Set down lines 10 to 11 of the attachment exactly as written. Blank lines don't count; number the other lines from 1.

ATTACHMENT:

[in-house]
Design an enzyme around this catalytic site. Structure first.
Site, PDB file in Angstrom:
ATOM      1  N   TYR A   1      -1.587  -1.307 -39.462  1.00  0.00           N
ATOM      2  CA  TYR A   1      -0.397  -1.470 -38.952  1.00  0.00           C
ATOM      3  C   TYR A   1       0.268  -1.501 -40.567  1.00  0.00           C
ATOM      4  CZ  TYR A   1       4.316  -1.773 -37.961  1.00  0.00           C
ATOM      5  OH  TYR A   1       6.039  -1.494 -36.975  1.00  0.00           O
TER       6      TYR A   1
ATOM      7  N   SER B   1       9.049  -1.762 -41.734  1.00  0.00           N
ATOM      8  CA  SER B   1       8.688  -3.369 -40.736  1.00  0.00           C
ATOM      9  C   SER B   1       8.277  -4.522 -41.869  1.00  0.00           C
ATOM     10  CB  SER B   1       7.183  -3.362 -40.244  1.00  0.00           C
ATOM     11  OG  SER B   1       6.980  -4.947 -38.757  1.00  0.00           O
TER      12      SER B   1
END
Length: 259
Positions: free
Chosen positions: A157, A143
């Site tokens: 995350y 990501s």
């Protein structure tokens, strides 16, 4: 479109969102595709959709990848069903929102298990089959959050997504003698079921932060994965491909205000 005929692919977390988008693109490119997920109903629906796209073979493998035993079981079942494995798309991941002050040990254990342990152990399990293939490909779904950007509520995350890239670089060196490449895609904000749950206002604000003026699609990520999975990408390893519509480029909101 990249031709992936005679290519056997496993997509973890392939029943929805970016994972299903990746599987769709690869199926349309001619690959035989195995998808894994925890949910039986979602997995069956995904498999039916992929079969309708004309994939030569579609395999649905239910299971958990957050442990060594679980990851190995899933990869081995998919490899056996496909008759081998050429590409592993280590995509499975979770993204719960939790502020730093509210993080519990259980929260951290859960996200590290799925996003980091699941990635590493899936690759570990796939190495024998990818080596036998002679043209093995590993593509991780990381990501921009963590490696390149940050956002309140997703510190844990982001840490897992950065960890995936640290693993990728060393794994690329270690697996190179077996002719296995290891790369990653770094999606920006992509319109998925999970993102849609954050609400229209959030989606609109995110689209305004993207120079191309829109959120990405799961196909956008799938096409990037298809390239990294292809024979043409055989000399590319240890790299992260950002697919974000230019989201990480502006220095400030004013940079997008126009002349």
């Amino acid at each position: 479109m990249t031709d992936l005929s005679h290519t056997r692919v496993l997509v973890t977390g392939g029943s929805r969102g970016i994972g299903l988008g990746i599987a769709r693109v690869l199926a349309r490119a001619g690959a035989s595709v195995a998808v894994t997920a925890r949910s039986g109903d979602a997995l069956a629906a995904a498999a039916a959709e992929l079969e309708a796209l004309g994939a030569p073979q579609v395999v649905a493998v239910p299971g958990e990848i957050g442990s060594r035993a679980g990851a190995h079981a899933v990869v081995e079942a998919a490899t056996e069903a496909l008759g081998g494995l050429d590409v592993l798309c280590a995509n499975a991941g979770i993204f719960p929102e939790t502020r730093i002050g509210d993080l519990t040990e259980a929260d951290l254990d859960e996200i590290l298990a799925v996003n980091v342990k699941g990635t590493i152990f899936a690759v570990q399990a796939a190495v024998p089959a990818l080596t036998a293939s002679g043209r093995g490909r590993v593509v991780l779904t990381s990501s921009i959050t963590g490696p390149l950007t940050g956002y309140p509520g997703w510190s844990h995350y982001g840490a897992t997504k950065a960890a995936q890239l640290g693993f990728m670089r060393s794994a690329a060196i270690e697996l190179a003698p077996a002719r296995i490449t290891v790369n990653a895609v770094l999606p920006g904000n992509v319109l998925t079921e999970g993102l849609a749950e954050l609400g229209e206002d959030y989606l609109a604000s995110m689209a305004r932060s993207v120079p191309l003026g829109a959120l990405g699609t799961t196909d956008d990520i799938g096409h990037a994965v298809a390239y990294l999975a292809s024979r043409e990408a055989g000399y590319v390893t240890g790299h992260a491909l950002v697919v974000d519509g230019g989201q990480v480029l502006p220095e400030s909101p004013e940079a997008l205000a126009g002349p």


ATOM      7  N   SER B   1       9.049  -1.762 -41.734  1.00  0.00           N
ATOM      8  CA  SER B   1       8.688  -3.369 -40.736  1.00  0.00           C